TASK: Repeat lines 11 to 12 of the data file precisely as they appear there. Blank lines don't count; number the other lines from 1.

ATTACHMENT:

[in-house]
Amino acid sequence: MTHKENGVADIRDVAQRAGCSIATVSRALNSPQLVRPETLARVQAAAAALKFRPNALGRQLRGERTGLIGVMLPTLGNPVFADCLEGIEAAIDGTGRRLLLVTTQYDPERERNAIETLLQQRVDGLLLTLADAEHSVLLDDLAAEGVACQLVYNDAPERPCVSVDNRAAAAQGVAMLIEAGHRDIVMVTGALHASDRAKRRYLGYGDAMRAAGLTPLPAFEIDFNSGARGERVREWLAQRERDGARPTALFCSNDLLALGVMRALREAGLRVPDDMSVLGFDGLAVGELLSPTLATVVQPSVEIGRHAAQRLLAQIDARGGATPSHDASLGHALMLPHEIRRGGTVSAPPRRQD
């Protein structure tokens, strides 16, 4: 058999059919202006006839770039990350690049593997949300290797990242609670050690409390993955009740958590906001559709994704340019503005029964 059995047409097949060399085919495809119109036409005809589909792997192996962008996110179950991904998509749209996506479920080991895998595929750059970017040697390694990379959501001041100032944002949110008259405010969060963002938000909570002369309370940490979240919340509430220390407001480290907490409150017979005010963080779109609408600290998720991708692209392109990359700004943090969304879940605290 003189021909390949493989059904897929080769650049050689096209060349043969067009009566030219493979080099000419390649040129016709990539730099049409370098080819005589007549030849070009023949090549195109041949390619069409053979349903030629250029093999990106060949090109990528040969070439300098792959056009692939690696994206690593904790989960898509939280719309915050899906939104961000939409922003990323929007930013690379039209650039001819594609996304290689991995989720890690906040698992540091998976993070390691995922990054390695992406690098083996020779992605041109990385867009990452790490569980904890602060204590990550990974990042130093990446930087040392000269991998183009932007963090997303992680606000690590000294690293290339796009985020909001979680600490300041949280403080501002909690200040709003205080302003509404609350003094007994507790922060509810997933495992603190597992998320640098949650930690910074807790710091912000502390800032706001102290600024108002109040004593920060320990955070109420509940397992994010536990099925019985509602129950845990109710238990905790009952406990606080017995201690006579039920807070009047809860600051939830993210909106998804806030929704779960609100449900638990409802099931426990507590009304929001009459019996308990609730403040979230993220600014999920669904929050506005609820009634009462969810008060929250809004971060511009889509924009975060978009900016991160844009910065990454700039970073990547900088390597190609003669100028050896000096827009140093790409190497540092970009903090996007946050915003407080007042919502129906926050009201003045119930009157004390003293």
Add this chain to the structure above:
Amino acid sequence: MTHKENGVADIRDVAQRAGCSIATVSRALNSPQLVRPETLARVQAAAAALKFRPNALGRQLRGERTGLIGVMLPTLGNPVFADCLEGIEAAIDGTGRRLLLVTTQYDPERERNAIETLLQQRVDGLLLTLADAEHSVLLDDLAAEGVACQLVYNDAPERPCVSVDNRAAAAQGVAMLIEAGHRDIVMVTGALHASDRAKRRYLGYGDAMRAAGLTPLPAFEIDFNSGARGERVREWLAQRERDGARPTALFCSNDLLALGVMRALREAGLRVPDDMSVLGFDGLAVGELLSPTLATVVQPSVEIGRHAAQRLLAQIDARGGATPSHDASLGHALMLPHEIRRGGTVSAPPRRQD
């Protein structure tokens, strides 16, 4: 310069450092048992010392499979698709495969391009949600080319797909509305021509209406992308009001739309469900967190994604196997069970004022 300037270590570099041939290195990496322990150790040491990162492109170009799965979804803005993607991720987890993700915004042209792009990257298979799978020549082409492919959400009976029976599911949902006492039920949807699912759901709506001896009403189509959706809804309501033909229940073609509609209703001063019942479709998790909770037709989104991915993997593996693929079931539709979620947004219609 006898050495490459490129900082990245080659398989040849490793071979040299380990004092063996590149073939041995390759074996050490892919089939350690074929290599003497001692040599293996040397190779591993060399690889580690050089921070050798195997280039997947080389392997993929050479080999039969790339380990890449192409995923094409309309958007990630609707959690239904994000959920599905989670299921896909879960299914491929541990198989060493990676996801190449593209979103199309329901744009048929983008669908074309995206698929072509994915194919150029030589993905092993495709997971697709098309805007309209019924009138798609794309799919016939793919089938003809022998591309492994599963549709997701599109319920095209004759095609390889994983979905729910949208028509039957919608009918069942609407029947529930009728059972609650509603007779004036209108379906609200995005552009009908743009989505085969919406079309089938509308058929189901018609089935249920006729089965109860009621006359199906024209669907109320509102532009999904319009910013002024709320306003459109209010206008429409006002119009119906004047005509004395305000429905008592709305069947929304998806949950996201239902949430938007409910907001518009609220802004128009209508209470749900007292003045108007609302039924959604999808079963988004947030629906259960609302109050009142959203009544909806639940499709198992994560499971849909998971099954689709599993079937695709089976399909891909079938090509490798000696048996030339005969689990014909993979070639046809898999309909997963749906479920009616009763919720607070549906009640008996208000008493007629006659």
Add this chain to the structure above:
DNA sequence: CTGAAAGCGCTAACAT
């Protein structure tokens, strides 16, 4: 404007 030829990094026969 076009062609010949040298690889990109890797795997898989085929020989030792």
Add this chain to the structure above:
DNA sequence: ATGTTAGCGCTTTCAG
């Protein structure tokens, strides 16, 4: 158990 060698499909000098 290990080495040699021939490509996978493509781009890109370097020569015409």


DNA sequence: ATGTTAGCGCTTTCAG
């Protein structure tokens, strides 16, 4: 158990 060698499909000098 290990080495040699021939490509996978493509781009890109370097020569015409």